Poll: Majority Of Americans Still Watching NFL Goodell To Meet With Media Friday Afternoon New MLS Logo Gets Mixed Reactions Avalanche To Substantially Increase Payroll NHL Media Notes NFL's Crisis Continues With Cardinals RB's Arrest Detroit Approves $450M For Arena Bonds NHL Panthers Vow To Stay In South Florida Goodell Called Out For Silence Amid Scandals NHL Decides Against Selling Jersey Ads
Upcoming Conferences and Events
SBD/October 19, 2012/Leagues and Governing Bodies
NHL Lockout, Day 34: Players Speaking Up In Frustration Over Situation
Published October 19, 2012
ON THEIR HONOR: Canadiens D Josh Gorges said that he "didn't think it was unreasonable for players to want the full value of their contracts." Gorges: "Isn't that what a contract is? You don't say you're going to pay someone a certain amount and then say you're going to take it back" (Montreal GAZETTE, 10/19). Wild C Zach Parise, who signed a 13-year, $98M contract in July, said, “All these owners, maybe this was their plan the whole time, to sign all these guys to these big contracts knowing full well they’re not going to pay the value of them” (STARTRIBUNE.com, 10/18). Blackhawks D Steve Montador said, “We continue to make concessions and they’re now stating they’re not willing to honor existing contracts -- contracts that were signed up until almost a minute before the CBA expired. They’re absolutely right when they say we’re not speaking the same language. If (the league) thinks this is a way to freak the guys out or scare us by thinking nothing’s going to get done, it only strengthens our resolve.” Toews in a text message wrote, “Our biggest concern is obviously that our contracts continue to be honored as we progressively make our way to a 50-50 split between the league and the players” (CHICAGO TRIBUNE, 10/19).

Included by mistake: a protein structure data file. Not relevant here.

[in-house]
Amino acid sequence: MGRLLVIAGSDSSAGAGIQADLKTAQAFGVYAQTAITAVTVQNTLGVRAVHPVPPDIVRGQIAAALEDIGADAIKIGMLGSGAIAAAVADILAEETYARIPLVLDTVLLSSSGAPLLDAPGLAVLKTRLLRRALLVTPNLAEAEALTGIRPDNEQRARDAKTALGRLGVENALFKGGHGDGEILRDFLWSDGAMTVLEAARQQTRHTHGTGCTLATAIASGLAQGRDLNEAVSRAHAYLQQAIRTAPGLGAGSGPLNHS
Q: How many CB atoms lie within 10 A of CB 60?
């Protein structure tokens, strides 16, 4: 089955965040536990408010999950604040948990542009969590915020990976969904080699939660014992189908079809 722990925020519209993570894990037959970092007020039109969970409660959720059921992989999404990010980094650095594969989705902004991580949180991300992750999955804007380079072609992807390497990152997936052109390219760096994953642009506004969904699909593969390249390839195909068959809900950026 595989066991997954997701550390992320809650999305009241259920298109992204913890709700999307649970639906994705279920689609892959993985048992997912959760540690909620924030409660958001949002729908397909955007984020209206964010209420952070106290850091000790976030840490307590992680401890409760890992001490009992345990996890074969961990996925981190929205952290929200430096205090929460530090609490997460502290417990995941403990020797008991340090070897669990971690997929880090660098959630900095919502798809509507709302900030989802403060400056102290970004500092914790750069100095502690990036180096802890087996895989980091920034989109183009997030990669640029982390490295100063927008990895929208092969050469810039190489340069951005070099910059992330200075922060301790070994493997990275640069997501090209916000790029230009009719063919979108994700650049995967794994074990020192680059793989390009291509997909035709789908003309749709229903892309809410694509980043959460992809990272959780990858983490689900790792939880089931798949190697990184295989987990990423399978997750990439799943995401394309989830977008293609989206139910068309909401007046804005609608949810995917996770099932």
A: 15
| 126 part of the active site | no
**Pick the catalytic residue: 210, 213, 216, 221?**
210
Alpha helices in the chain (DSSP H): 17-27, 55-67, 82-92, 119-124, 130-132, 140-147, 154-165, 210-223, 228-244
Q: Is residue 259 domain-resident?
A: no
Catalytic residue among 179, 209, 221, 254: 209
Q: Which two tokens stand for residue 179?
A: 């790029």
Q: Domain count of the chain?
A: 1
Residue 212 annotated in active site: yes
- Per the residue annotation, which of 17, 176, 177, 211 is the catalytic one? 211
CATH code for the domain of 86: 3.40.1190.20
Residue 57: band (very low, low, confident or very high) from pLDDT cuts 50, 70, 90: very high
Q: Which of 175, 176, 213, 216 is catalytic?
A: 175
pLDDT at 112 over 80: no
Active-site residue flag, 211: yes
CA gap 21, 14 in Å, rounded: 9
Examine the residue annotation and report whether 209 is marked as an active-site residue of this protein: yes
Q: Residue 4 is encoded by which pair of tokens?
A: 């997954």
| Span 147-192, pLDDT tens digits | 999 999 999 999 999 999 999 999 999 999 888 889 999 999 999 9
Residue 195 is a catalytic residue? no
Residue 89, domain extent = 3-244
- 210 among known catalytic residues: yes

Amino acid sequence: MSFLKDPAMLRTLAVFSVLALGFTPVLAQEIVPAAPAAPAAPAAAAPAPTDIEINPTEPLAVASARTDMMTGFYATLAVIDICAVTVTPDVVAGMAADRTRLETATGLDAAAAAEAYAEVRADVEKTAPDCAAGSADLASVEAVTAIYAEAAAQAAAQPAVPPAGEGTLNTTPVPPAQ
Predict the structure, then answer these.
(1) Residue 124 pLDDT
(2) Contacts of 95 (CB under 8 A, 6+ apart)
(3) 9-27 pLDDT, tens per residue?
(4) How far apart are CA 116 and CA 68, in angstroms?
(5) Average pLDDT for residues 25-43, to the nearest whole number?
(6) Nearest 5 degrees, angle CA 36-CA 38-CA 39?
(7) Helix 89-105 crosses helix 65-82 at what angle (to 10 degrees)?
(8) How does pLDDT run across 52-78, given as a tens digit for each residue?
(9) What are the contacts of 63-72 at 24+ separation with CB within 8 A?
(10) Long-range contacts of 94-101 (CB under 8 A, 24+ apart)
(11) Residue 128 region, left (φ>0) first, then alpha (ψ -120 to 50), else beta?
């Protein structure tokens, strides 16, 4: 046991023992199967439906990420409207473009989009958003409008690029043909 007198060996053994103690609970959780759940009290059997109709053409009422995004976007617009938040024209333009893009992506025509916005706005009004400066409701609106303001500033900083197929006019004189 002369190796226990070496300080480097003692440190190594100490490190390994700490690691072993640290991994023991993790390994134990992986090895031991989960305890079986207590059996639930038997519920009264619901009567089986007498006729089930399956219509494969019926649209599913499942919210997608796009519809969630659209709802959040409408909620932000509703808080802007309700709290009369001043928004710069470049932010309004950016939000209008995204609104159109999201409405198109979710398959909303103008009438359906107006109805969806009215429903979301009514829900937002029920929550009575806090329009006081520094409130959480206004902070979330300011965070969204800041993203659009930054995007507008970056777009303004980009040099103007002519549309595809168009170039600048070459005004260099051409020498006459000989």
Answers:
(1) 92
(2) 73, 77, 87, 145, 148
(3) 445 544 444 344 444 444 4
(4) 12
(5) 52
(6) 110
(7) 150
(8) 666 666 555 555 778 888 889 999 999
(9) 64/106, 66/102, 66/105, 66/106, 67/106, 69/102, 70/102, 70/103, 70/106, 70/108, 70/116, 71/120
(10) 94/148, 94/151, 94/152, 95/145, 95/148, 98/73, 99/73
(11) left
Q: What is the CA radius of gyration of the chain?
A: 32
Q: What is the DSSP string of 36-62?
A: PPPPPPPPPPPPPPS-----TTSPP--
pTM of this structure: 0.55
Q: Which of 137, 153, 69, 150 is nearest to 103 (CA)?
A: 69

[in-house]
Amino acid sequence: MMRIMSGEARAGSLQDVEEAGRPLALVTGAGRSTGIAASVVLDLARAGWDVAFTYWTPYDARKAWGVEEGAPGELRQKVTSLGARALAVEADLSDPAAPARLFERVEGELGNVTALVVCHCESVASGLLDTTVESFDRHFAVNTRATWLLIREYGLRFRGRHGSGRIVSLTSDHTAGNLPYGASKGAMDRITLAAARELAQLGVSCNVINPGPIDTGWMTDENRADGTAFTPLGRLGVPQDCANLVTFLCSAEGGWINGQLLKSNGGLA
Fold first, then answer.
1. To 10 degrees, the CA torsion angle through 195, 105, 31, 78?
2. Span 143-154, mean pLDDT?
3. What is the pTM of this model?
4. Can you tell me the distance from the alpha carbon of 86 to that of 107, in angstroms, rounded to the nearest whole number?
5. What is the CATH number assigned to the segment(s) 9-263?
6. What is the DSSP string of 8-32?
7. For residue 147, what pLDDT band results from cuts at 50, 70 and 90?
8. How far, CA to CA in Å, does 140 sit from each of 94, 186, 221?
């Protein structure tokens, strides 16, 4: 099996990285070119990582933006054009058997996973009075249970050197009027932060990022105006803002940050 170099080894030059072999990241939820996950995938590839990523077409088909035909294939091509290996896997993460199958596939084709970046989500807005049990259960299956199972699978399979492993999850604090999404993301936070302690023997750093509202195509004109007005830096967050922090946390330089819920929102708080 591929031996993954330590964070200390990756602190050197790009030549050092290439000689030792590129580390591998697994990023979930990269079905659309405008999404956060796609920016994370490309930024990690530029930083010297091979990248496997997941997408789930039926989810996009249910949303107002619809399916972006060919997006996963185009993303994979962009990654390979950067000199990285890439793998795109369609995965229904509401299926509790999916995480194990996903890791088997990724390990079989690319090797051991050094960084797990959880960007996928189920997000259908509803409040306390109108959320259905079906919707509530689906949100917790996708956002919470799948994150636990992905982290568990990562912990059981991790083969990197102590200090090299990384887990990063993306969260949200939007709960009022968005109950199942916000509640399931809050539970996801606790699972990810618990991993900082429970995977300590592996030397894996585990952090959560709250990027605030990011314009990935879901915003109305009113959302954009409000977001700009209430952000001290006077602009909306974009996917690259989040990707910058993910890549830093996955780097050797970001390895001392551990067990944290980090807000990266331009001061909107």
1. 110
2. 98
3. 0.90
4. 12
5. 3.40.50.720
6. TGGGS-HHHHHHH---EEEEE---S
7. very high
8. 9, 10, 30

LOOKING FOR THE COMPROMISE: Doan said, "For us to come down to 50-50 is pretty big." However, NHL Commissioner Gary Bettman said of the players' proposals, "None of them even began to approach 50-50." NHLPA Exec Dir Donald Fehr "scoffed at that comment." He said, "The suggestion that somehow the players are not moving in the owners' direction seems to me to be misplaced" (TORONTO STAR, 10/19). Lightning RW B.J. Crombeen said, "All lead to 50-50 in different ways, so if (the owners are) stuck on their proposal, we could miss significant time" (TAMPA BAY TIMES, 10/19). Predators C Colin Wilson: "Our offer was very close to 50-50. It's a way that we can get to 50-50 so the game still grows and the revenue still grows and it's shared" (Nashville TENNESSEAN, 10/19). A source on the players' side was "immediately skeptical of the league's Tuesday offer." The source said, "This (NHL) offer was a wolf in sheep's clothing. This whole thing, with the 50-50 split and the hope of an 82-game schedule, was choreographed a long time ago. I'd like to say I'm surprised, but they are going in for the kill" (BOSTON HERALD, 10/19). Another player source said, "They're just trying to squeeze us as much as they can. They're just sweating us. We saw the same tactics with the NBA and NFL." He added, "We would like to be paid -- at least most -- what they have agreed to pay us." A different player after seeing Bettman's reaction to Thursday's negotiations "seemed rattled." The player said, "His ability to lie to the camera blows me away" (CSNNE.com, 10/18). Blues C David Backes said, "At this stage of the game, I don't see an ending in sight. Once they start canceling games till December, I think both sides will look to make up what they've lost" (ST. LOUIS POST-DISPATCH, 10/19).